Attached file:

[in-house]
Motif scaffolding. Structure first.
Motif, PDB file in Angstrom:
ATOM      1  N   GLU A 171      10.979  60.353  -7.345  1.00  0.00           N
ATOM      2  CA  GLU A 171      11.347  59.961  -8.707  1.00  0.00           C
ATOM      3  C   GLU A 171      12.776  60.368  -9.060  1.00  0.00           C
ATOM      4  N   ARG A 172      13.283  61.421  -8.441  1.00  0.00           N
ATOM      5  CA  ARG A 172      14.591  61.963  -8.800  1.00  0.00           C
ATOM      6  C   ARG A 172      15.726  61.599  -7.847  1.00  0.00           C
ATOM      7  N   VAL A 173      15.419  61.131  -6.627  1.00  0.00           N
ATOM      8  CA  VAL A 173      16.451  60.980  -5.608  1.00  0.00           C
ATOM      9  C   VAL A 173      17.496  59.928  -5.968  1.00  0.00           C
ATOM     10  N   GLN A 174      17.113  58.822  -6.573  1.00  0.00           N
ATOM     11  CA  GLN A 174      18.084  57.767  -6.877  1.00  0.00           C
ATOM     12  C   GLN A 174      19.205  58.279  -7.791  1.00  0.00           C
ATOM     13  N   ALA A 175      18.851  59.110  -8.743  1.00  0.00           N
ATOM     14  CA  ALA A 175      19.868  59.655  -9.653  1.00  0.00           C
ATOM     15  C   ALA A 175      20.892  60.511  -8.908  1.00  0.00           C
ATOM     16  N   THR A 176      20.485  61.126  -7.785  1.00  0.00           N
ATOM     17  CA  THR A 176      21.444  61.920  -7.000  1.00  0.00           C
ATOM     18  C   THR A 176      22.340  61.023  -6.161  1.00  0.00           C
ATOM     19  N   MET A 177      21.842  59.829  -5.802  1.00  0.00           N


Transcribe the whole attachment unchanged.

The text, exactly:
[in-house]
Motif scaffolding. Structure first.
Motif, PDB file in Angstrom:
ATOM      1  N   GLU A 171      10.979  60.353  -7.345  1.00  0.00           N
ATOM      2  CA  GLU A 171      11.347  59.961  -8.707  1.00  0.00           C
ATOM      3  C   GLU A 171      12.776  60.368  -9.060  1.00  0.00           C
ATOM      4  N   ARG A 172      13.283  61.421  -8.441  1.00  0.00           N
ATOM      5  CA  ARG A 172      14.591  61.963  -8.800  1.00  0.00           C
ATOM      6  C   ARG A 172      15.726  61.599  -7.847  1.00  0.00           C
ATOM      7  N   VAL A 173      15.419  61.131  -6.627  1.00  0.00           N
ATOM      8  CA  VAL A 173      16.451  60.980  -5.608  1.00  0.00           C
ATOM      9  C   VAL A 173      17.496  59.928  -5.968  1.00  0.00           C
ATOM     10  N   GLN A 174      17.113  58.822  -6.573  1.00  0.00           N
ATOM     11  CA  GLN A 174      18.084  57.767  -6.877  1.00  0.00           C
ATOM     12  C   GLN A 174      19.205  58.279  -7.791  1.00  0.00           C
ATOM     13  N   ALA A 175      18.851  59.110  -8.743  1.00  0.00           N
ATOM     14  CA  ALA A 175      19.868  59.655  -9.653  1.00  0.00           C
ATOM     15  C   ALA A 175      20.892  60.511  -8.908  1.00  0.00           C
ATOM     16  N   THR A 176      20.485  61.126  -7.785  1.00  0.00           N
ATOM     17  CA  THR A 176      21.444  61.920  -7.000  1.00  0.00           C
ATOM     18  C   THR A 176      22.340  61.023  -6.161  1.00  0.00           C
ATOM     19  N   MET A 177      21.842  59.829  -5.802  1.00  0.00           N